Now, the storyline that is sure to be most talked about with this release is the introduction of new frontman Todd LaTorre to the Queensryche fan base. Yes, at times, Todd does sound a bit like the legendary former singer of this band. However, it never sounds forced or contrived. Todd LaTorre shines on this album, and sounds nothing more than a really great singer that was heavily influenced by the likes of Rob Halford, Dio, Bruce Dickinson, and former Queensryche frontman, Geoff Tate. If anything, I really think that Todd may sound like Tate at times only because Barton mixed this album the same way he did those classic Queensryche albums, using a lot of the same techniques and effects he did back then. Todd is electrifying and emotional, untamed yet restrained. You won't hear many crazy vocal acrobatics here, aside from a few times when it fits the song; there is one note he hits at the 1:51min mark of "Don't Look Back" that will completely blow your mind. And his singing isn't the only thing special about Todd LaTorre. He shows on this album that he is a very capable songwriter and lyricist, and has already formed a great chemistry with the other members of the band.

Finally, believe it or not, there are two negative things I must say about this release. First off is the actual length of the album; it clocks in around the 35min mark. Some of the songs leave you wanting more, as if an extra verse or extended chorus and instrumental interlude could have been added. Personally, I feel that they missed an opportunity with the track "A World Without". Considering the subject matter (A man dealing with his wife dying during the birth of their first child) and Pamela Moore making a guest appearance on this track, I think they should have worked in a duet of Todd and Pamela, a kind of "conversation"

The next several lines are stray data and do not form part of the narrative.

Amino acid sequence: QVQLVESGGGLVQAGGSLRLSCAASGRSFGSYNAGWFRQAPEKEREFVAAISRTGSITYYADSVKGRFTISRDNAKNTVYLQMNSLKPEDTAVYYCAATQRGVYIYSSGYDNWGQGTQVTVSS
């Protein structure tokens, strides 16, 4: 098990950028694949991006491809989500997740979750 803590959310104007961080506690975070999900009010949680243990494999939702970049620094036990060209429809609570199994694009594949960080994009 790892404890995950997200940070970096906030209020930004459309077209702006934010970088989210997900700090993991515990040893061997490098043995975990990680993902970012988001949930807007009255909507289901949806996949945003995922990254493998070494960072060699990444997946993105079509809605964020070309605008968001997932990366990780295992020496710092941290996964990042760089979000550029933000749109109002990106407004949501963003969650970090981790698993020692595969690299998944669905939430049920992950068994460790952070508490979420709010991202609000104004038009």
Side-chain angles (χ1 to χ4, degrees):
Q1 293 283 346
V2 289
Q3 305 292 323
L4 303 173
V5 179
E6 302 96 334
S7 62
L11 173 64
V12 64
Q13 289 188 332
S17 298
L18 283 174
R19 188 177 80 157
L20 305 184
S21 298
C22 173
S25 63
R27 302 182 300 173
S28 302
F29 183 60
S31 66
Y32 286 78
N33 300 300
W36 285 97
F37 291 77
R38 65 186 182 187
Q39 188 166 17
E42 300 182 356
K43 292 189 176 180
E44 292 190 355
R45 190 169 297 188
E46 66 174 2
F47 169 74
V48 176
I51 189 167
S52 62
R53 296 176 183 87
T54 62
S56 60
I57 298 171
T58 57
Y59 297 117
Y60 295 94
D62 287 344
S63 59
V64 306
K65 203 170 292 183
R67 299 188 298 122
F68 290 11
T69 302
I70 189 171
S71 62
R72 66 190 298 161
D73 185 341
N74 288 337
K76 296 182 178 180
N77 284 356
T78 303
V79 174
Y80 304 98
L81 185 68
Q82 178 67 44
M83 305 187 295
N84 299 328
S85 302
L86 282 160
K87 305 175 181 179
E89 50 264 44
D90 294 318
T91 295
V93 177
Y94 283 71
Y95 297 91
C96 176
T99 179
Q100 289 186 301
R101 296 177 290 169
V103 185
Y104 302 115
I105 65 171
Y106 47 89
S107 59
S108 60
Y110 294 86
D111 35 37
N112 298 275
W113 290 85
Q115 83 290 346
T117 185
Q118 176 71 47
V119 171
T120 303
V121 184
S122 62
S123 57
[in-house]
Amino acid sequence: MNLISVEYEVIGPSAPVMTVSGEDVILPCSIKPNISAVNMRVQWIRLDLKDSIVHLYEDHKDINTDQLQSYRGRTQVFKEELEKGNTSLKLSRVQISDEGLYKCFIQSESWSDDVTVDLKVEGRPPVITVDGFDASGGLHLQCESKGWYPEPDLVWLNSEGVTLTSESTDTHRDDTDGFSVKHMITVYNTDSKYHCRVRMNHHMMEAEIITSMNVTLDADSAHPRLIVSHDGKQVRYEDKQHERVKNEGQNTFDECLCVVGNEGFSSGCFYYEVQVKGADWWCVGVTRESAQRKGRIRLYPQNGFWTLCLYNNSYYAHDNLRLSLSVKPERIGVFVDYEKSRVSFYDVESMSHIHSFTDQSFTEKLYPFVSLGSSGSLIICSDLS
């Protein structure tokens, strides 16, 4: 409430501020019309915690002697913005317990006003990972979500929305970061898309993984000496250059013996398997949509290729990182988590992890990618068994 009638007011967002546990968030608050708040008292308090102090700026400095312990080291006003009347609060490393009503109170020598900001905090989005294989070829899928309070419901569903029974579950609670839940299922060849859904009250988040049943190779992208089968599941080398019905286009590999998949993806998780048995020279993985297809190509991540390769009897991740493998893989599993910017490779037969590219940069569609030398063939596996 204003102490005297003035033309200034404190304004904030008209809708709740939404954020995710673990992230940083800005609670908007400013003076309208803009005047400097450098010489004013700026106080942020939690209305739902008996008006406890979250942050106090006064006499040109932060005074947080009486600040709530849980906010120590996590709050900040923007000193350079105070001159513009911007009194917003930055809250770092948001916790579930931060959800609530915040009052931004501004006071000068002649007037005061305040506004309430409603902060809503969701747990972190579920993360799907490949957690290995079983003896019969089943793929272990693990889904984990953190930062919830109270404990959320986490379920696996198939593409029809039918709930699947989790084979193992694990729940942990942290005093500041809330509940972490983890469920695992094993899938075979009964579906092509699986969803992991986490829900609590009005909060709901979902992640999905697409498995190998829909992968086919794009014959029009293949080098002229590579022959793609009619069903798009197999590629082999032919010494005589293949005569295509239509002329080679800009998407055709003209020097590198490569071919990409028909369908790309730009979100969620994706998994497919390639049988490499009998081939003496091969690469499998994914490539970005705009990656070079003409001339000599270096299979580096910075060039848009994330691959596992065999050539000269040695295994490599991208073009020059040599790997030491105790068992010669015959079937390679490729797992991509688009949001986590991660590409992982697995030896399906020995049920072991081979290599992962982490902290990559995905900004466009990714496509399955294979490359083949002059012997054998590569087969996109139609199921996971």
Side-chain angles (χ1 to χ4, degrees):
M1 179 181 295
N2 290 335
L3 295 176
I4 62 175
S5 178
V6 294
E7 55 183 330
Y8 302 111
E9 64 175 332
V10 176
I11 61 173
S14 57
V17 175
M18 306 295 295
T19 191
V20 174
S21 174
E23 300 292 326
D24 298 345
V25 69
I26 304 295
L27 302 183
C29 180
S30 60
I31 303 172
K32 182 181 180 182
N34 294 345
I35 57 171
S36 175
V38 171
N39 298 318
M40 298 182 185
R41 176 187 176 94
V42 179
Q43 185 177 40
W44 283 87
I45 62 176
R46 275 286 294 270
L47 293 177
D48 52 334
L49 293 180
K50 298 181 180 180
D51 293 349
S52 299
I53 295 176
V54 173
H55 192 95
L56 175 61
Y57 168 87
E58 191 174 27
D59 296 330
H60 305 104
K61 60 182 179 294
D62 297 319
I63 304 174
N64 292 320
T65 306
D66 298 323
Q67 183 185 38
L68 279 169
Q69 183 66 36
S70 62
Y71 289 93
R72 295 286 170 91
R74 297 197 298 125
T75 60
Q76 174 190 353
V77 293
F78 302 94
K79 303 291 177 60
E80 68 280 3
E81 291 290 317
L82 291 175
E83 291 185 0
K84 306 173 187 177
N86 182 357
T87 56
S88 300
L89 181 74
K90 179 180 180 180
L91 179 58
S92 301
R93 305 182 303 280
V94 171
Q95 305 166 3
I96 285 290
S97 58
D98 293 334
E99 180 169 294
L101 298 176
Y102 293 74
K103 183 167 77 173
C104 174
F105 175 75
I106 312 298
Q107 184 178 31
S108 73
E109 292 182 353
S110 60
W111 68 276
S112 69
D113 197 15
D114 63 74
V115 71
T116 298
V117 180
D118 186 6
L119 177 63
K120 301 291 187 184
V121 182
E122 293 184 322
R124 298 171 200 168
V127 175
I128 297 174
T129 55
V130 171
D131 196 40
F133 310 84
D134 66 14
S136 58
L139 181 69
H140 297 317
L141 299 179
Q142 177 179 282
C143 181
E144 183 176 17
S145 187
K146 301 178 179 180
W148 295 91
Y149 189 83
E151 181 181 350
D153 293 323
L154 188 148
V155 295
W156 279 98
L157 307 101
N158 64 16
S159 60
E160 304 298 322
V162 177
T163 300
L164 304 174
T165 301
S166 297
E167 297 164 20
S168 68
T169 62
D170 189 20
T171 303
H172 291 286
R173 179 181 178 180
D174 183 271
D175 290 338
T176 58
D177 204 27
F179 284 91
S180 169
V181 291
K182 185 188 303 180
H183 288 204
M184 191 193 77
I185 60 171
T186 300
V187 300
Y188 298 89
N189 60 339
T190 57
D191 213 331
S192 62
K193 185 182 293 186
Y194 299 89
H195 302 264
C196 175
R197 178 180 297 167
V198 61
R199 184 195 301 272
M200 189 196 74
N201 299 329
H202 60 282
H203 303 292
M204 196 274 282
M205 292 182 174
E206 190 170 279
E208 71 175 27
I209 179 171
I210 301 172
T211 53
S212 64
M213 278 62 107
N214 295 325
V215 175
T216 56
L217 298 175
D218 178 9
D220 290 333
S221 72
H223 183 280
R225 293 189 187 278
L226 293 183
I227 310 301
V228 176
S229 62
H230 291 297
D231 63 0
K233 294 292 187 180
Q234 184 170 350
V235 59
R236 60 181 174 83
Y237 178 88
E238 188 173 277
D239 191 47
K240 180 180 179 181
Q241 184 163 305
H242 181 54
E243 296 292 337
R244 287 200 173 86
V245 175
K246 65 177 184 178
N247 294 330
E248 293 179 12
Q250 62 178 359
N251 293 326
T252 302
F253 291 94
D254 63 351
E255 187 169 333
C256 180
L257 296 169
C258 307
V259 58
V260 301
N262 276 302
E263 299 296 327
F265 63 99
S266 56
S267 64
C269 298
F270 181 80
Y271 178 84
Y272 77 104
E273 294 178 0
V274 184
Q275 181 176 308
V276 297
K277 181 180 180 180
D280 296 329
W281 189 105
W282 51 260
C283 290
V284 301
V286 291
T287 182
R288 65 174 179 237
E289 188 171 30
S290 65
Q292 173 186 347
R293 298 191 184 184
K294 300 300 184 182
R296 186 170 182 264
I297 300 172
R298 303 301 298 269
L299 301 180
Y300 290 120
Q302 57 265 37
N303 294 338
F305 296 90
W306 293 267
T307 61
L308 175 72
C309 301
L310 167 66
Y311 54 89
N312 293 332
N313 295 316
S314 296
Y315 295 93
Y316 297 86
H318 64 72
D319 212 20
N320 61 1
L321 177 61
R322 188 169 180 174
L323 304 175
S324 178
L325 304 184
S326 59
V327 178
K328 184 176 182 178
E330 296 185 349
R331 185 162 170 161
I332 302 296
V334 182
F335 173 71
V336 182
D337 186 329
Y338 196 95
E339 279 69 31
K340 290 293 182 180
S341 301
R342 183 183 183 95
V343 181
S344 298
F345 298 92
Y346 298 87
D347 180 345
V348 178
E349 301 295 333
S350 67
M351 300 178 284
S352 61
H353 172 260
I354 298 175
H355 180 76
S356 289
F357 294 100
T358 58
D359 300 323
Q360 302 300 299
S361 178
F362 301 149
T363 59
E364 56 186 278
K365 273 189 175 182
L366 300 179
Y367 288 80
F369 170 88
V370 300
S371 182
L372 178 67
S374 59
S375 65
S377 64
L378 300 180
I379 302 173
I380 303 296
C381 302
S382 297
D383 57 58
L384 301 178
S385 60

The second negative is the mastering of the album. Barton's mix is amazing, but the album was "brick-walled" when mastered (think "Death Magnetic" or "Vapor Trails"). There is really no head-space or breathing room here; some of the dynamics Barton caught on tape get lost. Everything is pushed to the limit and, when played at high volumes over an extended period of time, this album can cause some hearing fatigue. Thats right, your ears actually get tired because there aren't many breaks in the action (Great discussion on this in The Breakdown Room forums). Recommend listening at mid to mid-high levels.

All in all, this is the Queensryche album I have been waiting 20 years for!

Power Review :

Just finished listening to the 90sec samples and I have to say that I am really amazed at what I just heard. Been waiting for QR to go back to there roots. Back to the sound that made me and millions of others say "Holy Crap MY Pants" what was that! From the earlier Self Titled QR record, The Warning, Rage for Order, Operation Mind Crime, Empire and Promised Land they have come home full circle. Minus Geoff Tate though. But in his place for the new CD is Todd La Torre (Vocals) who is just as incredible as the former singer and new Guitar player Parker Lundgren who in my opinion with a little inspiration, can really be the one to fill the shoes of very much missed Chris DeGarmo. I am not saying he is the new DeGarmo there can only be ONE! believe me. But Parker who wrote most of "Where Dreams Go To Die" shows why he can "Take Hold of that Flame" but I will just leave it at that and go on to say that WDGTD is one of the strongest songs on this CD full of other great songs. The whole CD is a great piece of cohesive music put together to once again please only the purest of Queensryche fans out there today and that includes me! Thanks Queensryche for the Great CD and here's to many more to start building that new Empire! May The Ryche Be With You!


Formed: 1981 in Bellevue, WA

Genre: Rock

Years Active: '80s, '90s, '00s, '10s

Although they were initially grouped with the legions of pop-metal bands that dominated the American heavy metal scene of the '80s, Queensrÿche were one of the most distinctive bands of the era. Where their contemporaries built on the legacy of Van Halen, Aerosmith, and Kiss, Queensrÿche constructed a progressive form of heavy metal that drew equally from the guitar pyrotechnics of post-Van Halen metal and '70s art rock, most notably Pink Floyd and Queen. After releasing a handful of ignored albums,...